Like with all medicine, Cilique Pill Side Effects can occur but these aren’t experienced by everyone. If you experience any of these Cilique Pill side effects, especially if any of them are getting progressively worse, immediately stop and speak to your doctor as soon as possible. Below is a list of Cilique Pill Side Effects experienced more, or less when people have taken Cilique combined pill. For a full list, please refer to the patient information leaflet. Very Common
    • Headache (although if long lasting, see a doctor as soon as possible)
    • Stomach issues such as nausea and vomiting
    • Bleeding and spotting between periods
    • Painful or unusual periods
    • Migraine
    • Swollen hands, ankles or feet
    • Mood changes, depression, dizzy or nervousness
    • Muscle spasms; pain in legs, arms and bac
    • UTIs
    • Vaginal discharge
    • Lumpy breasts
    • Loss of sex drive
    • Feeling giddy
    • Faster heart beat
    • Pancreatitis
    • Increased sweating

    Cilique Contraceptive Pill Acne

    Cilique Contraceptive Pill Acne can sometimes be helped when taking Cilique tablets or contraceptives. Cilique tablets contain progestogens and because of this, taking them orally may indirectly help with any acne. Not just acne, but any androgen related skin disorders can be helped when taking Cilique pill for acne, such as Hirsutism. This is when excessive body hair grows in places where hair is normally absent or minimal. Taking Cilique pill for acne will not work for everyone however. It will react differently to different people and some may even experience an increase or new cases of acne. When choosing a contraceptive pill, either Cilique pill for acne or others, it’s best to discuss your options with a doctor beforehand.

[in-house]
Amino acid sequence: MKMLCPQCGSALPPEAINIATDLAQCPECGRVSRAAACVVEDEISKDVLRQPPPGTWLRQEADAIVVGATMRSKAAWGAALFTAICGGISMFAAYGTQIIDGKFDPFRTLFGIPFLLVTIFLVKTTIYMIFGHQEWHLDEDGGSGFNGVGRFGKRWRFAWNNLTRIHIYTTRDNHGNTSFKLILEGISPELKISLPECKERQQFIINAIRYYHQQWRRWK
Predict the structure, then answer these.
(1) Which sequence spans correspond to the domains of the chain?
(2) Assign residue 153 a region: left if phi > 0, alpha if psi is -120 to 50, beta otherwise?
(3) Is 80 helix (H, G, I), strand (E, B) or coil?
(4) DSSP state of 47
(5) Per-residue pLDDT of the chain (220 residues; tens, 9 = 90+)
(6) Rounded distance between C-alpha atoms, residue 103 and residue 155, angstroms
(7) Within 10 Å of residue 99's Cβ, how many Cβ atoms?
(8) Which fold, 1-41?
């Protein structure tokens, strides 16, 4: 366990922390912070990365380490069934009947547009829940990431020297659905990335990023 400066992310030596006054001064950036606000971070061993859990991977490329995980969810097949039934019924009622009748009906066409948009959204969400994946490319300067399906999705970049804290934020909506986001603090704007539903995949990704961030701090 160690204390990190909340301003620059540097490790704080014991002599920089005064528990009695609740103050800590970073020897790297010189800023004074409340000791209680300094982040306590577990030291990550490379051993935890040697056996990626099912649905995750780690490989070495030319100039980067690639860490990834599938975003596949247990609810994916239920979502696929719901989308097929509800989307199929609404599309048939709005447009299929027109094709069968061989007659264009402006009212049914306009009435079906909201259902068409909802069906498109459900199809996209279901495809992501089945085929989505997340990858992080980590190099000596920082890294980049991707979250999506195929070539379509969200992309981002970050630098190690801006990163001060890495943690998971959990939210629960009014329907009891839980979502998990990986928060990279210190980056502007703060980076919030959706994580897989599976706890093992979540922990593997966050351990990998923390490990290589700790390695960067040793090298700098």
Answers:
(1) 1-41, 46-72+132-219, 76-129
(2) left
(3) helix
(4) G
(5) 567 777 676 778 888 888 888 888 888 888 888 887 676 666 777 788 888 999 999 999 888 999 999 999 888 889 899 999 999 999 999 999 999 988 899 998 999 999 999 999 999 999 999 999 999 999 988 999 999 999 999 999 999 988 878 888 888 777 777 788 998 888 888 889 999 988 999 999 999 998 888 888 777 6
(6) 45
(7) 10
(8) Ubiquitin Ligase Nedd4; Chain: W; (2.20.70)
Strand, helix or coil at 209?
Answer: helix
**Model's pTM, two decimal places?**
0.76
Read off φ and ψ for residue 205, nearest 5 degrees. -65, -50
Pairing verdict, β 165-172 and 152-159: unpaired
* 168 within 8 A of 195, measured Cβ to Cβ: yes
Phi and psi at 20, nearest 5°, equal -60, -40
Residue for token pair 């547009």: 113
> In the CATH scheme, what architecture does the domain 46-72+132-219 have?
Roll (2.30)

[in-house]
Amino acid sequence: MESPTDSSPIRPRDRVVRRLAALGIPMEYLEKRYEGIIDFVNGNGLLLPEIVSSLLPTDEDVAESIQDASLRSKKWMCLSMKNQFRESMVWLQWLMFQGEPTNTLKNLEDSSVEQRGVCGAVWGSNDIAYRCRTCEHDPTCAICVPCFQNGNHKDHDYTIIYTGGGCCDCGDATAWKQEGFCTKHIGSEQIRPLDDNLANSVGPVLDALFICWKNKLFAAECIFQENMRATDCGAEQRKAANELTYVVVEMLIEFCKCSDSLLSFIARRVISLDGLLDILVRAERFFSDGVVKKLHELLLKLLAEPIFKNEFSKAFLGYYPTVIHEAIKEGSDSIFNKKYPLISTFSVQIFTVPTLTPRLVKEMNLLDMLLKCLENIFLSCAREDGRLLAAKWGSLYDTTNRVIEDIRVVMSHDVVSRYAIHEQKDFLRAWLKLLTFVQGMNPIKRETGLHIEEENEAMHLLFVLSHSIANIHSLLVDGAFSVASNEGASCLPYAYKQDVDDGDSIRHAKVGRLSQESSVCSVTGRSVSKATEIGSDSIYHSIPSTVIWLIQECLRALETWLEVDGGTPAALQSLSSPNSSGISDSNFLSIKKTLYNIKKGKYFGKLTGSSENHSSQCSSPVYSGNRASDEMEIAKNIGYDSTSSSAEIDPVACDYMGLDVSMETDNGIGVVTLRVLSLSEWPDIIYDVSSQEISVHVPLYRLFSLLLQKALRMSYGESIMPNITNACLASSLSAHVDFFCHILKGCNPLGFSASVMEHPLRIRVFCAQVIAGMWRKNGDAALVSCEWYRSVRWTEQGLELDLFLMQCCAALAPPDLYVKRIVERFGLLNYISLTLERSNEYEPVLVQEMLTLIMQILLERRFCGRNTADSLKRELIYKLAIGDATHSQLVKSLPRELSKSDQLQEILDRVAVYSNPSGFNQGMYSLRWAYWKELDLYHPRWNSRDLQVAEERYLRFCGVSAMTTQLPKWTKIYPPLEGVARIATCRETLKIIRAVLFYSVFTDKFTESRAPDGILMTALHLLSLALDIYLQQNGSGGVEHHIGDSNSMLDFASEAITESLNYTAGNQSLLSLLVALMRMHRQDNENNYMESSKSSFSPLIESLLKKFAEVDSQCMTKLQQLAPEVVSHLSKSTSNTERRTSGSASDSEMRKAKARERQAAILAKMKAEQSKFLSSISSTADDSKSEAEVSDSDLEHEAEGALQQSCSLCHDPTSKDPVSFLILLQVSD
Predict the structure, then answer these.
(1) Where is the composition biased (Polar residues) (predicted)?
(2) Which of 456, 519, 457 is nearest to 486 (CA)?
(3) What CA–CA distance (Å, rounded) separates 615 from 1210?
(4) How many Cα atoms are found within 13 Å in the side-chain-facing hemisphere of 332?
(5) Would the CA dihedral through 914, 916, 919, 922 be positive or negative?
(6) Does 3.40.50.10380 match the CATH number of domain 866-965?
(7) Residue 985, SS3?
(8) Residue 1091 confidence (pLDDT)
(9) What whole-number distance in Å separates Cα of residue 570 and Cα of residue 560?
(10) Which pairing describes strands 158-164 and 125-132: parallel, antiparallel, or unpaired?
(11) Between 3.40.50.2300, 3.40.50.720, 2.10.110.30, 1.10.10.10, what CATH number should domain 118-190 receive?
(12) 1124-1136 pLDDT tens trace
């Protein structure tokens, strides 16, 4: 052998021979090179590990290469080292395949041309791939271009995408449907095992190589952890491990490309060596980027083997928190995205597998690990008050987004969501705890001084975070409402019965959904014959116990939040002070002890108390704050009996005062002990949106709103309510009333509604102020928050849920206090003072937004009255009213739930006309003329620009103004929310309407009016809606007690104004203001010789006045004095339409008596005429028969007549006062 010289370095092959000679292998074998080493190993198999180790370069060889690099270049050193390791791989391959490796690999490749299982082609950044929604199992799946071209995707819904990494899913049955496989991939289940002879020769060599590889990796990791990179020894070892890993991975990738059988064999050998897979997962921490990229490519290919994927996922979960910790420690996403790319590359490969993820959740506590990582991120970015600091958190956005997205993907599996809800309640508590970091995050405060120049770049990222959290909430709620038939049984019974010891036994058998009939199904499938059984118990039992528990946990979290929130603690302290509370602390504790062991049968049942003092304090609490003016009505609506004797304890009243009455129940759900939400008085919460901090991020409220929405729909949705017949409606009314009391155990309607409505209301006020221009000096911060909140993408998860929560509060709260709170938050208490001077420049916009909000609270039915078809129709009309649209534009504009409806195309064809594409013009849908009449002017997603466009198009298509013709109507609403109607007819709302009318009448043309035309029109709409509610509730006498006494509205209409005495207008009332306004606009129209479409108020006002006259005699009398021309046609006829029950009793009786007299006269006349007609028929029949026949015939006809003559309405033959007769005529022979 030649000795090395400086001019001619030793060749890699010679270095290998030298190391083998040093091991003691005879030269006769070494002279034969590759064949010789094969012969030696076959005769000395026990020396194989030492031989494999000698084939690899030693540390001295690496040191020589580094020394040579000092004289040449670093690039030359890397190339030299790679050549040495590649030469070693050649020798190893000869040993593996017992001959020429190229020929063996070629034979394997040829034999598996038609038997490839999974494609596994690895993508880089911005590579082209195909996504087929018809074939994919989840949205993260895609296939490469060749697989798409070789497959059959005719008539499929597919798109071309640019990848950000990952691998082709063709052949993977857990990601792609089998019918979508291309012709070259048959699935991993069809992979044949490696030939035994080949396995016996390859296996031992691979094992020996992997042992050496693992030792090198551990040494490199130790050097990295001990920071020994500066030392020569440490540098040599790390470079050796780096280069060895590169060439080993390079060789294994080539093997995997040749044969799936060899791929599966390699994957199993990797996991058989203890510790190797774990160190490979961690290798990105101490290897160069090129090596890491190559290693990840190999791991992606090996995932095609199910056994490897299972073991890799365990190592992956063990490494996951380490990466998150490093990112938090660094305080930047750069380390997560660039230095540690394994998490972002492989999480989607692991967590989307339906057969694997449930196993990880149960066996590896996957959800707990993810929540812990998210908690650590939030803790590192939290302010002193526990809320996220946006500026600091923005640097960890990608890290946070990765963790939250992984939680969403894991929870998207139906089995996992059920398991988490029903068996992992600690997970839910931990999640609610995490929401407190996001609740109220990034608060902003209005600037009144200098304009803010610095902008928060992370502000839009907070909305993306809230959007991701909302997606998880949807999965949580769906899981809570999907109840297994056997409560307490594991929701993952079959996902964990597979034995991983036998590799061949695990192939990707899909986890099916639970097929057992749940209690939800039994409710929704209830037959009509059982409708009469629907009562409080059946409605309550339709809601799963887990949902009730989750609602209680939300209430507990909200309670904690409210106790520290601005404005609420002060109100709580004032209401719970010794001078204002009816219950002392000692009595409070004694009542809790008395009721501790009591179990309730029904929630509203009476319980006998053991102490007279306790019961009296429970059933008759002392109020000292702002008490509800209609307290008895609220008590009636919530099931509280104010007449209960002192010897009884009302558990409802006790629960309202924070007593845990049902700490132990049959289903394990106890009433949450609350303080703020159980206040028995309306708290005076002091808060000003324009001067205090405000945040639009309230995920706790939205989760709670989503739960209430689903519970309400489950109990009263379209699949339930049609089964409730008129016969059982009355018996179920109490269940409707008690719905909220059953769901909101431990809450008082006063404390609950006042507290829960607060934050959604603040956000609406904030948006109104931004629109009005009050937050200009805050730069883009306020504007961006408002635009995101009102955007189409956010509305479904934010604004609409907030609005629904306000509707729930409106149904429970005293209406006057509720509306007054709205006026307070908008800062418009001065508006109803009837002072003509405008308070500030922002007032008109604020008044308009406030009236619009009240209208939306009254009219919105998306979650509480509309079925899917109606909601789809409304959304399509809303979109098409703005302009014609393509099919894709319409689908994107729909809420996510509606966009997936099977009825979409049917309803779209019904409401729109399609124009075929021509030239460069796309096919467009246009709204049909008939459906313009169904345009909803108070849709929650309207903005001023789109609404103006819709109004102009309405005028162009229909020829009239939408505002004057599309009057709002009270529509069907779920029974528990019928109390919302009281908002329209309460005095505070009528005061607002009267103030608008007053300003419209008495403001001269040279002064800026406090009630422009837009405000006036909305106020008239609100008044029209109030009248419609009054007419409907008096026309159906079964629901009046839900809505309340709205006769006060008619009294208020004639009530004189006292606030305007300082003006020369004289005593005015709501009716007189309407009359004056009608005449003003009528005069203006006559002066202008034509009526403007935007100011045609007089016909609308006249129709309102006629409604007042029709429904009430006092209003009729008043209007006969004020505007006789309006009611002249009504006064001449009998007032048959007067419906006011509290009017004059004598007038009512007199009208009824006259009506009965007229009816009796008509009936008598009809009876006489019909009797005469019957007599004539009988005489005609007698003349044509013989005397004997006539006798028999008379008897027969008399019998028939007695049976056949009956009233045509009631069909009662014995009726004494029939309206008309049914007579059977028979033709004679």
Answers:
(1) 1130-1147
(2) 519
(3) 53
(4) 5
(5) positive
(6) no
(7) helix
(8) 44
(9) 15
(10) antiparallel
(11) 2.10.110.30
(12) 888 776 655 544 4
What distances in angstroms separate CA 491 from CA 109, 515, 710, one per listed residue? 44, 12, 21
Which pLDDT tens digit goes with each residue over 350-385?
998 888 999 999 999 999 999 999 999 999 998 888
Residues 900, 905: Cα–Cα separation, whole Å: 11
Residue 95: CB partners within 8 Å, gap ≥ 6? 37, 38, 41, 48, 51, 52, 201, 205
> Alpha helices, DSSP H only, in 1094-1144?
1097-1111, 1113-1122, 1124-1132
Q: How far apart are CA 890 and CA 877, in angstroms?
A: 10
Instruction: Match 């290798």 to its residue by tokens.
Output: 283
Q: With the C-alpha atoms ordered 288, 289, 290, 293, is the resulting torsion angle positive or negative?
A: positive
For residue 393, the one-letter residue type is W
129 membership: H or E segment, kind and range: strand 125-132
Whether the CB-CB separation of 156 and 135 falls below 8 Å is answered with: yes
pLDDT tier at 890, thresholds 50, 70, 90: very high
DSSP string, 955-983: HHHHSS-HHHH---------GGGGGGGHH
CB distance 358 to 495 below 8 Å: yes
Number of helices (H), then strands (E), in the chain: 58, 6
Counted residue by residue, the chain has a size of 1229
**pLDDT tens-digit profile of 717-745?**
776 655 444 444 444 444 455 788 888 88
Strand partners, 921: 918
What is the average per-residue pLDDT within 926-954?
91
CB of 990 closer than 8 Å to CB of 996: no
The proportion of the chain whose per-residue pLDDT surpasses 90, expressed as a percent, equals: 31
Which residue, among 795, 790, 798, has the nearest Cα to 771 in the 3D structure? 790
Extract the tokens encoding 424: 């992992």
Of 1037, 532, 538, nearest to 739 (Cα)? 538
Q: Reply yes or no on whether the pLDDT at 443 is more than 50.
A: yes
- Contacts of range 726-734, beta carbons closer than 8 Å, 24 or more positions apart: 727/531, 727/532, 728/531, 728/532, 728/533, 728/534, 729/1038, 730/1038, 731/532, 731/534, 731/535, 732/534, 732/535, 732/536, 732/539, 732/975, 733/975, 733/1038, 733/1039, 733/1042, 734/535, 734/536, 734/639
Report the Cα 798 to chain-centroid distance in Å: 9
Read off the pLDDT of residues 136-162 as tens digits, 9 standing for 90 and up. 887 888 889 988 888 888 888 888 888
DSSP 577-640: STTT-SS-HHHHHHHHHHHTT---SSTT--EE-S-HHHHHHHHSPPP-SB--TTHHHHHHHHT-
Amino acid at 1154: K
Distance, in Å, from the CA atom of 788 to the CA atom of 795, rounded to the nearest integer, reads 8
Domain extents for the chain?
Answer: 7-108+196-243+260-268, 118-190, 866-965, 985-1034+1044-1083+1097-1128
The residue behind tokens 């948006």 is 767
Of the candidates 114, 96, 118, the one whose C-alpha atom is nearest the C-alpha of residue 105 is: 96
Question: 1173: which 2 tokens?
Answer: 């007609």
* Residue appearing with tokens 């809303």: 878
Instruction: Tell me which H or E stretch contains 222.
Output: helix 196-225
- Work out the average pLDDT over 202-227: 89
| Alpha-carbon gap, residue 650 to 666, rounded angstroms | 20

Cilique Pill Depression

    Cilique pill depression is a very real side effect when taking Cilique tablets or other forms of contraceptives. Over the years, there have been numerous reports of mood changes associated with hormone medications. Among the many side effects listed in the patient information leaflet for Cilique tablets, depression is common and may affect up to one in ten people. When taking Cilique tablets it’s important to notice any mental changes, including Cilique pill depression and suicidal thoughts. If you or someone else experiences any of these contact your doctor as soon as possible.

    Cilique Pill For Skin

    Using Cilique pill for skin, specifically for skin, isn’t ideal. Many people will have different reactions to Cilique pill for skin and it will sometimes make it worse. Cilique tablets should not be taken just for the benefits of better skin. It should be taken as a contraceptive first and any beneficial side effects should come as a nice surprise.

    Cilique Pill Weight Gain

    Cilique Pill weight gain is indeed one of the many side effects you can experience when taking Cilique tablets. This may not be experienced by everyone who decides on taking Cilique tablets as their pill of choice. It is however a commonly reported side effect and other options may have to be considered if this is of concern. The reason some contraceptive pills cause Cilique pill weight gain is because of the ingredient called Estrogen. In high doses, Estrogen can cause weight gain due to an increased appetite and fluid retention. More recent updates to birth control have reduced the amount of hormones, so weight gain is not a likely problem many women will come across. If you have any further questions about Cilique pill weight gain, including its other various side effects, please do not hesitate to speak to your doctor or pharmacist.

    Cilest And Cilique